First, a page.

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In search of progress: Daimler's research vehicles

For the competitive automotive market, constant technological innovation is the key to commercial success. No wonder then, many of the most prosperous and longest-living brands invest large shares of their budgets into the development of new ideas - be it technological or design wise. The outcomes are often quite peculiar vehicles that seem to be of only limited use to a consumer. But by creating a one-trip pony, focussing on few features only, designers and engineers develop advanced technologies that return as new gadgets in the series production cars.

Looking at the experimental vehicles developed by Daimler since the early days of motoring, more systematically since the 1970s in the form of research vehicles, demonstrates how a seemingly outlandish idea can spark a best seller product.

Benz Model 1

Believe it or not, this three-wheeler is proclaimed the world's first automobile. While this is is not uncontested, there is no doubt that the inventor Karl Benz contributed a key-element to what we know as the most common form of modern transport today: a vehicle powered by a gas engine. However, lacking the fourth wheel and with a 16 km/h maximum speed, many more innovations still lie ahead...

Mercedes-Benz C-111 I

At the Frankfurt International Motor Show 1969, Mercedes-Benz presented the C 111.

It served to test the Wankel engine. A three-rotor unit developing 280 hp permitted a top speed of 260 km/h. But not only the engine, especially the wedge--shaped, bright orange design makes this car one of the most iconic experimental cars of all times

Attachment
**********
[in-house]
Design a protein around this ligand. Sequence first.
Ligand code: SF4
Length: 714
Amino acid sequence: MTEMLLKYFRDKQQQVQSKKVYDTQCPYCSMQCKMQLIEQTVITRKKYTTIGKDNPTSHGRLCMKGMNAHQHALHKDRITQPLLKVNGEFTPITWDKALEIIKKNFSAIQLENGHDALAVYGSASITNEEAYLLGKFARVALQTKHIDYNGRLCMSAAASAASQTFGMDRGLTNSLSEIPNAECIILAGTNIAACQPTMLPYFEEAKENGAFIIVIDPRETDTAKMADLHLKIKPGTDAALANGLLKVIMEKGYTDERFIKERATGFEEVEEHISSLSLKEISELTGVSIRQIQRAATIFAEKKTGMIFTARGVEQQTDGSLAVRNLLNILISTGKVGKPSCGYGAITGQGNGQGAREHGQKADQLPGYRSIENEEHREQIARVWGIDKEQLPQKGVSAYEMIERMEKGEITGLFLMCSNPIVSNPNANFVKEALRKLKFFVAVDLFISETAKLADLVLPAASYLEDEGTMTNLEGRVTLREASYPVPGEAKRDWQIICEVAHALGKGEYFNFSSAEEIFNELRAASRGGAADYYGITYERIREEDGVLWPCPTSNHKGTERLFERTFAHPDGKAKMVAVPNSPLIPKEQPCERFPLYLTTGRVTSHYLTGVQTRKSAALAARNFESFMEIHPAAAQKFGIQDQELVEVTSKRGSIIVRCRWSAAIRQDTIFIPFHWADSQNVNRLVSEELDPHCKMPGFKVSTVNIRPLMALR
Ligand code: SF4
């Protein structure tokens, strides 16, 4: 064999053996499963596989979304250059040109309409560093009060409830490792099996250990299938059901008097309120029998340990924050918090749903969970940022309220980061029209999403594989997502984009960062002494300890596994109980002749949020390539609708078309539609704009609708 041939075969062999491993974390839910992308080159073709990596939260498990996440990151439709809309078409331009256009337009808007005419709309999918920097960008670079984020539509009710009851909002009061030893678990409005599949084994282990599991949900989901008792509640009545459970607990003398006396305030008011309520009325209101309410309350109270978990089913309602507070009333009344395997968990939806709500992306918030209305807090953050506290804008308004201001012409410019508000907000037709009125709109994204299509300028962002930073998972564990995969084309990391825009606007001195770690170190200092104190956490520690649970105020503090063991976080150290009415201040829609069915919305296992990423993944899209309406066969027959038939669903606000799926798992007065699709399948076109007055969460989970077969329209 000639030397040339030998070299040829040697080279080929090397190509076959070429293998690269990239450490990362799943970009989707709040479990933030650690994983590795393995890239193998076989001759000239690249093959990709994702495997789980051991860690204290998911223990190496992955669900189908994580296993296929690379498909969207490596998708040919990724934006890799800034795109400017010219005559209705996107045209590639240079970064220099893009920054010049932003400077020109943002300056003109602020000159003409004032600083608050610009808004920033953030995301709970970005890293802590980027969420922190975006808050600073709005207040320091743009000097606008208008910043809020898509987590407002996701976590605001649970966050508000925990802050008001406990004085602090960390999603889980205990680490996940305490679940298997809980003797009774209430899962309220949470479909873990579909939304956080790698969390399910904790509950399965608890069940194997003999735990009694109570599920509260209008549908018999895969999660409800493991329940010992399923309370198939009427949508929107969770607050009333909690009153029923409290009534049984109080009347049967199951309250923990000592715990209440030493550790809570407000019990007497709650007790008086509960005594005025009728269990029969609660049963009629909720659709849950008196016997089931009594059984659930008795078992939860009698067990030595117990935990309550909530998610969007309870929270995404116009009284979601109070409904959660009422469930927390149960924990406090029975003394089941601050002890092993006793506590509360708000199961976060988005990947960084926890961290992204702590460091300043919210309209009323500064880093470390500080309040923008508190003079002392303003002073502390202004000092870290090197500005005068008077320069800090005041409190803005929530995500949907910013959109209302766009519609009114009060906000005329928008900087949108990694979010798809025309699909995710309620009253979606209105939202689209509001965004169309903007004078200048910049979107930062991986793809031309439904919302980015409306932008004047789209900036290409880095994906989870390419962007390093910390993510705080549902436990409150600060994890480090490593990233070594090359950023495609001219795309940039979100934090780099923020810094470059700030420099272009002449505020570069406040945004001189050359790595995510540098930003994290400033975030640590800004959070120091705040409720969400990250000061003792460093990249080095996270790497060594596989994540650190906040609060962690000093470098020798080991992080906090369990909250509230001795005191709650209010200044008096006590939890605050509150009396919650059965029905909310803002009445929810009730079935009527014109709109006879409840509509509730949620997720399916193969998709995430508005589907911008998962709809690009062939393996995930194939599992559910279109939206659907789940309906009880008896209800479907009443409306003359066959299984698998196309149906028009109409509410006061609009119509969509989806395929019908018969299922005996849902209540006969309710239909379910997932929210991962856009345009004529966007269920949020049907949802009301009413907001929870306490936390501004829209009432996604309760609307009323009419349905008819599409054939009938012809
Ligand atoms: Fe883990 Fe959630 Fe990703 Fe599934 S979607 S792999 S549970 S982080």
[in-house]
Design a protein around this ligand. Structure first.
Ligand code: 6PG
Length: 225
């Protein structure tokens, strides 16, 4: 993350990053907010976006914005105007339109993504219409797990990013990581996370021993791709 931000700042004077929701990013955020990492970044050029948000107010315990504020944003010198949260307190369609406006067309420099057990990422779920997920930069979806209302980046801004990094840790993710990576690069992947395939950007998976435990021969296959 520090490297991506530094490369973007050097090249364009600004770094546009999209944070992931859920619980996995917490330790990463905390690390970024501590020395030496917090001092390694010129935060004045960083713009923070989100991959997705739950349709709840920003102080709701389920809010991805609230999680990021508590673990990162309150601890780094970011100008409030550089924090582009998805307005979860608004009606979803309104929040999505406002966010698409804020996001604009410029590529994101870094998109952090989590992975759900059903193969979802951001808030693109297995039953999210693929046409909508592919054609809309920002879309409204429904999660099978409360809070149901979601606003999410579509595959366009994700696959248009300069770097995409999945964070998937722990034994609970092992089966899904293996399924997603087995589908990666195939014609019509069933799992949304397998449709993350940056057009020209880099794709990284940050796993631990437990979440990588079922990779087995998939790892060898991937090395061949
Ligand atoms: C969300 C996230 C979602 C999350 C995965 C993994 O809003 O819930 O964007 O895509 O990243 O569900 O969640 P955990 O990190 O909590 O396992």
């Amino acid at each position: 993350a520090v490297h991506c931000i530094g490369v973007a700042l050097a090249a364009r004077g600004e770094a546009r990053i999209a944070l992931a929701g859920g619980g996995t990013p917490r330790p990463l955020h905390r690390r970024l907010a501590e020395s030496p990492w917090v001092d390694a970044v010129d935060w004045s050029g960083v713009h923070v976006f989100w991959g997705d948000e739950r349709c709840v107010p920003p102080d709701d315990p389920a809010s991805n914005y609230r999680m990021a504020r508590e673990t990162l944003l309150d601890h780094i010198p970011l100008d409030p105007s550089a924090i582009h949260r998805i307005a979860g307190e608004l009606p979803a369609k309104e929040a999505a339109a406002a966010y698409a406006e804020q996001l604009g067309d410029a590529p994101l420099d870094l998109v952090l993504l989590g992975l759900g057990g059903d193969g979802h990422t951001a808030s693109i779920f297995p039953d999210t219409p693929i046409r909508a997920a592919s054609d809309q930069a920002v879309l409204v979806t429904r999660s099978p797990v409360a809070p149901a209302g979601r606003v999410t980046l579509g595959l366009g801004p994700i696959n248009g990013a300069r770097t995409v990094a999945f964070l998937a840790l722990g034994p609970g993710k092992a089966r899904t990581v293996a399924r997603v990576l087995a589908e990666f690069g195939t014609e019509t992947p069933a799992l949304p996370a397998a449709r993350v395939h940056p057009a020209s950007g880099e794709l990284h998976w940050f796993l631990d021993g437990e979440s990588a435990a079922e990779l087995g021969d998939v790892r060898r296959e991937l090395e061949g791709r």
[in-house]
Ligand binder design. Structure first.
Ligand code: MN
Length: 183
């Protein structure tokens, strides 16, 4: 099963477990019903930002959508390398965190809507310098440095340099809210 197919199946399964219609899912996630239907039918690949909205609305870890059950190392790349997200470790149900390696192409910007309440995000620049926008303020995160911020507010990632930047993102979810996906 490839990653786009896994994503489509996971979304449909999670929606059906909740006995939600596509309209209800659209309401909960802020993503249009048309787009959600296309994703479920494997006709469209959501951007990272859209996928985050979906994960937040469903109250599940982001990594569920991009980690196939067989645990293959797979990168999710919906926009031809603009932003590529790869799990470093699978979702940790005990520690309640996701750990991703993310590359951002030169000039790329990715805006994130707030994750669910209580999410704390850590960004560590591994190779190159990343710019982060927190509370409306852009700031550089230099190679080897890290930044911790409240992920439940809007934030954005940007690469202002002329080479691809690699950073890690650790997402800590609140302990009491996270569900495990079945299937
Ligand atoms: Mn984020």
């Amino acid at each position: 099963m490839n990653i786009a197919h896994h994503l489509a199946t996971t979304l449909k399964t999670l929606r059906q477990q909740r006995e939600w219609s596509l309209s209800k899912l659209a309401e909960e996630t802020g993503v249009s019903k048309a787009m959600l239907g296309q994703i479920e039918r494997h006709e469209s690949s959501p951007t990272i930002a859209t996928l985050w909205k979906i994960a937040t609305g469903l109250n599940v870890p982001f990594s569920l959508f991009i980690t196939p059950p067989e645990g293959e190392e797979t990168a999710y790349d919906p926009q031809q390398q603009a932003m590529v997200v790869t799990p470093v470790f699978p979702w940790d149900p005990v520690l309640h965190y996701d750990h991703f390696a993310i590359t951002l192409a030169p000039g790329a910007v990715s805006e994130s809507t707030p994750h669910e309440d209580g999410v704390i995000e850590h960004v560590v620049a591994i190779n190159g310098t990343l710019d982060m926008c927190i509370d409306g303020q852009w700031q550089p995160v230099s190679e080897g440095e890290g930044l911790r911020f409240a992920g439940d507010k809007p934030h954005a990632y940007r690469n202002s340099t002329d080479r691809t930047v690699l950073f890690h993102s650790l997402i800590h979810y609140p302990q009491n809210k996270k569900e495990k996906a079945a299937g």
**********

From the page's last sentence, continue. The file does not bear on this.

Mercedes-Benz C-111 II

A revised version of the C 111 was shown at the Geneva Motor Show. It featured a four-rotor Wankel engine with an output of 350 hp. Little more was heard about the Wankel engine as diesel technology became the focus of research. The C 111-II D was powered by a five-cylinder diesel engine displacing 3.0 litres with 190 hp. By 1978, the C 111-III developed an output of 230 hp with an additional intercooler.

Auto 2000

Mercedes-Benz first presented the Auto 2000 at the 1981 IAA. This research car had an aerodynamically optimised body with a cd of 0.28. Three different engine concepts were tested in the car: a V8 petrol unit with automatic cylinder cutoff, a 3.3 liter diesel engine and a gas turbine engine. Other innovations were integral seats, an integral child restraint systems and pedestrian-friendly bumpers.

Mercedes-Benz NAFA

Congested streets, expensive parking space and long tailbacks raised new questions that Mercedes-Benz answered with the NAFA short-distance vehicle. The tiny two-seater contradicted everything the company was known to stand for to date and paved the way for two successful models of the 1990s: the A-Class and the smart. Innovations were the 5.7m turning circle, sliding doors and automatically folding side mirrors.

Mercedes-Benz F 100

Technical features of the F100 that made it into series production are numerous. Here are a few: a telephone operated via steering wheel buttons (launched in the S-Class W 220 series 1998), autonomous intelligent cruise control (also launched in the W 220 series), a solar cell roof (launched in the Maybach 62, 2002), gas-discharge headlights (xenon headlights in the E-Class 1995, W 210 series), etc...

Mercedes-Benz C 112

For the 1990 racing season in Group C, Mercedes-Benz and Sauber fielded the C 11 and became world champions at the end of the season. Engineers at Mercedes-Benz now wanted to bring active dynamic handling systems to production cars and came up with the sports car C 112. Powered by a V12 engine with 408 hp, its performance gets to the road at the physical limits with the highest level of active safety.